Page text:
Polyunsaturated fats in the diet, also known as omega-3 fatty acids, are essential to human health because they cannot be produced in the body and must be consumed in the diet. While these fats are essential to health, over-consumption may have adverse effects that pose health risks in some individuals.
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Why You Need Omega-3 Fatty Acids
Omega-3 fatty acids are needed in the body for many reasons. This heart-healthy fat helps to reduce all kinds of inflammation in the body. From arthritis pain to acne redness and scarring, polyunsaturated fats reduce and repair inflammatory sites in the the body. In addition to this benefit, omega-3 fatty acids are also cited for helping with brain and memory performance, supporting the nervous system and reducing scars and acne by the University of Maryland Medical Center. Symptoms of severe depletion or deficiency of polyunsaturated fatty acids in the diet may include poor memory, fatigue, dry skin, mood swings and depression. Omega-3 has also been proved to help in some children's cases of ADHD.
How Much is Too Much
Women who consume at least two servings of fish per week probably are getting the right amount of dietary omega-3 in their diets. People who have specific health concerns that are shown to improve with omega-3 supplementation are instructed to consume 1,000 mg to 3,000 mg each day. With a doctor's supervision, up to 4,000 mg per day could be consumed, however this is where risks come in. While omega-3 fatty acids have important health benefits, a balance is needed in the body. Over-consumption may be seen in those who take supplements without instruction or supervision from a doctor or qualified health professional, those who are taking blood thinners or bruise easily, and those who already consume more than three or four servings of fish per week.
Effects of Too Much Omega-3
According to the University of Maryland Medical Center, over consumption of omega-3 fatty acids can cause the blood to thin, increasing the risk of easily bruising, or excessive bleeding if an injury were to occur. Individuals who are taking blood thinning medications such as warfarin or clopidogrel should not supplement with omega-3 unless instructed to do so by a doctor. When fish oil supplements are the main dietary source of omega-3s, it may cause some bloating, belching, gas and diarrhea when taken in amounts that are too high. Over-consumption of omega-3s may increase the risk of prostate cancer in men, however more research is needed in this area. Fish oil supplements may contain traces of minerals such as mercury, which is also found in fish meat. Over-consumption of fish oil supplements that contain mercury are shown to have negative effects on brain development in unborn children as well as young children who are still growing and developing. Consult a doctor for your individual needs with omega-3 supplementation, and do not take more than has been recommended.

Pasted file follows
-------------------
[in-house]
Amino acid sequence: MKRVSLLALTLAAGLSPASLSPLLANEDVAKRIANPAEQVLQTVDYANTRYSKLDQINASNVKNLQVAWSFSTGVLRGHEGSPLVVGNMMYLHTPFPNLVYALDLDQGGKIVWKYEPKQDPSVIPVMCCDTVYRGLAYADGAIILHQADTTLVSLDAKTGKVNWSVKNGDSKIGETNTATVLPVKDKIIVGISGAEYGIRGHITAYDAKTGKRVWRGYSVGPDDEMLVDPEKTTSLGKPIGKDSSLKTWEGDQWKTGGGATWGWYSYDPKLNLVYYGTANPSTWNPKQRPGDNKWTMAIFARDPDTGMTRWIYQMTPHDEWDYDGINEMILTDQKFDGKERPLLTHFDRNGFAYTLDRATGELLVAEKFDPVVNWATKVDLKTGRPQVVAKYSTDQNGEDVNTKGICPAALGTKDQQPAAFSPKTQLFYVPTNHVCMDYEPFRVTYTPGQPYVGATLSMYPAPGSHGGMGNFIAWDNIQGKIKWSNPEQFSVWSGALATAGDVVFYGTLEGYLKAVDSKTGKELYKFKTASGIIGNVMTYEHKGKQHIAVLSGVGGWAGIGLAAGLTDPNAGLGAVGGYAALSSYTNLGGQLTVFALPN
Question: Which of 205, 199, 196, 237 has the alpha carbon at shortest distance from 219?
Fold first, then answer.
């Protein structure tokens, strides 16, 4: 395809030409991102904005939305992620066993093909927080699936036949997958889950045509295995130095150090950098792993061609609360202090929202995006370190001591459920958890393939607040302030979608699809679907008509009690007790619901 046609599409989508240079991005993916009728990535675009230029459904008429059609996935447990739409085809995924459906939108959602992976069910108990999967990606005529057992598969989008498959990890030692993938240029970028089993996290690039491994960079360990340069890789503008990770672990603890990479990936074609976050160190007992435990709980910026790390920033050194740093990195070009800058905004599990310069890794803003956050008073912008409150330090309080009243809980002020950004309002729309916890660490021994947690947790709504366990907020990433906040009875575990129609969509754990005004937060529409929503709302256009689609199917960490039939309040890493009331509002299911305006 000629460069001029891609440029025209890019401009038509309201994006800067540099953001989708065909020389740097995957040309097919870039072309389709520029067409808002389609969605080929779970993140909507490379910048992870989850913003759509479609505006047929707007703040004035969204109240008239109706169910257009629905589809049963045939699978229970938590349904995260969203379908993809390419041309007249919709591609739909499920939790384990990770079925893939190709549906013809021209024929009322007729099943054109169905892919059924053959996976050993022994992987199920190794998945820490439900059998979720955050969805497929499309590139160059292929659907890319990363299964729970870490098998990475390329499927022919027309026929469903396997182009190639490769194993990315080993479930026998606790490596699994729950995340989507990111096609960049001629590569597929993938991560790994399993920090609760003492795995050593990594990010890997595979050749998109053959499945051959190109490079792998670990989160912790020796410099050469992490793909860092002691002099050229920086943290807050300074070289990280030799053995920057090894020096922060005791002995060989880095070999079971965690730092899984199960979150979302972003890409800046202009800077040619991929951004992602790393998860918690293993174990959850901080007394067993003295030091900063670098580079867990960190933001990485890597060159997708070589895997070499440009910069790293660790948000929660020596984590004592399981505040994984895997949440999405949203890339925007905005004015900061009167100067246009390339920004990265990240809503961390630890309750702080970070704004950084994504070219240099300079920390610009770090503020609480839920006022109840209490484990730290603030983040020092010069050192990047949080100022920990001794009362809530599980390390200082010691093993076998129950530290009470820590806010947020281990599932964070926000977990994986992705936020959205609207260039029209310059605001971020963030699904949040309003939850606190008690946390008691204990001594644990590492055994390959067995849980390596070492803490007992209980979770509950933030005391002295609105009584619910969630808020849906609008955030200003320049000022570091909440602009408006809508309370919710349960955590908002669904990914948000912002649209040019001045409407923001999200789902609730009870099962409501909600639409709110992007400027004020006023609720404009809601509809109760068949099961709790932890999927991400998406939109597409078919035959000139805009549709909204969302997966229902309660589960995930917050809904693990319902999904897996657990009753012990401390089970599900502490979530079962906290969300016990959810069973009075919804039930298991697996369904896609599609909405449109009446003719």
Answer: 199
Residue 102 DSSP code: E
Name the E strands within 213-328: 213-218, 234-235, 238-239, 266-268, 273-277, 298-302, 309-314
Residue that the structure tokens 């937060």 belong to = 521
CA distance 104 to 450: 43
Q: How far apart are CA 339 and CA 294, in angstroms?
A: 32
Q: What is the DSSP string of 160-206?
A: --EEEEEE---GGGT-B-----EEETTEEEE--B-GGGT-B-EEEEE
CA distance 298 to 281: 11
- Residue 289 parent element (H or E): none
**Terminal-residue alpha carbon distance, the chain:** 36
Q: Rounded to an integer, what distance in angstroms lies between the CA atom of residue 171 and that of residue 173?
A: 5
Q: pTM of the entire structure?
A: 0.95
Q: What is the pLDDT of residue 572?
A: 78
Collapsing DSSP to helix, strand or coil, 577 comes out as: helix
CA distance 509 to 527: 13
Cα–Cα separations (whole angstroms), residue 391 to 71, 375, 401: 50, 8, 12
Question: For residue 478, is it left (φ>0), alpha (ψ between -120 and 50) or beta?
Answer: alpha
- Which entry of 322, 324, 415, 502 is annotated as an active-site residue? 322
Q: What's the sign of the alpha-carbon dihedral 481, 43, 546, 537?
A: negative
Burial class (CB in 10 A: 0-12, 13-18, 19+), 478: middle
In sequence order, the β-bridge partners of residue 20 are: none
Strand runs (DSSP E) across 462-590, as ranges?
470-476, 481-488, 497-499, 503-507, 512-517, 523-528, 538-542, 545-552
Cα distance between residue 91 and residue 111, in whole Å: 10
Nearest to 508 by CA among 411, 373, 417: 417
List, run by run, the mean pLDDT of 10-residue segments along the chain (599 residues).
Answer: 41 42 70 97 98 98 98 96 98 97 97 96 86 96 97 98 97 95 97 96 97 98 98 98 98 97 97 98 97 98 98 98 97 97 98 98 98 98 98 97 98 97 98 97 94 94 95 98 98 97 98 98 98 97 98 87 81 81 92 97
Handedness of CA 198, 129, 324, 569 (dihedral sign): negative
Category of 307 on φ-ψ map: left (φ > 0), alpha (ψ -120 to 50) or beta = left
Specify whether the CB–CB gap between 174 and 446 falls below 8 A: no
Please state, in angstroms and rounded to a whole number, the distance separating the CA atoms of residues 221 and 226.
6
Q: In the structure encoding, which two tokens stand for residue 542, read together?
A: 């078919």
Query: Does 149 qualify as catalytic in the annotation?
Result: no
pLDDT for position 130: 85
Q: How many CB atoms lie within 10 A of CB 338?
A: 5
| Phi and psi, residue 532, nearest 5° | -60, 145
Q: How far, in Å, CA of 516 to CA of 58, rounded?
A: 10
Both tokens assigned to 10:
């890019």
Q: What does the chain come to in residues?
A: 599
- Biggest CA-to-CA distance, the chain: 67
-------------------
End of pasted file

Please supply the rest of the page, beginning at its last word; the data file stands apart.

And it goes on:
Natural Sources of Omega-3
Fish oil supplements may be hard to digest and leave a fishy odor on the breath. These supplements are a concentrated and less natural approach to getting omega-3 in the diet. Food sources of omega-3 include nuts and seeds, fish meat and other seafood products such as seaweed and kelp, as well as flax oil and other nutritional oils like hemp seed and canola. Omega-3 fat molecules are delicate and should be used in low-heat cooking to preserve the integrity of the molecule.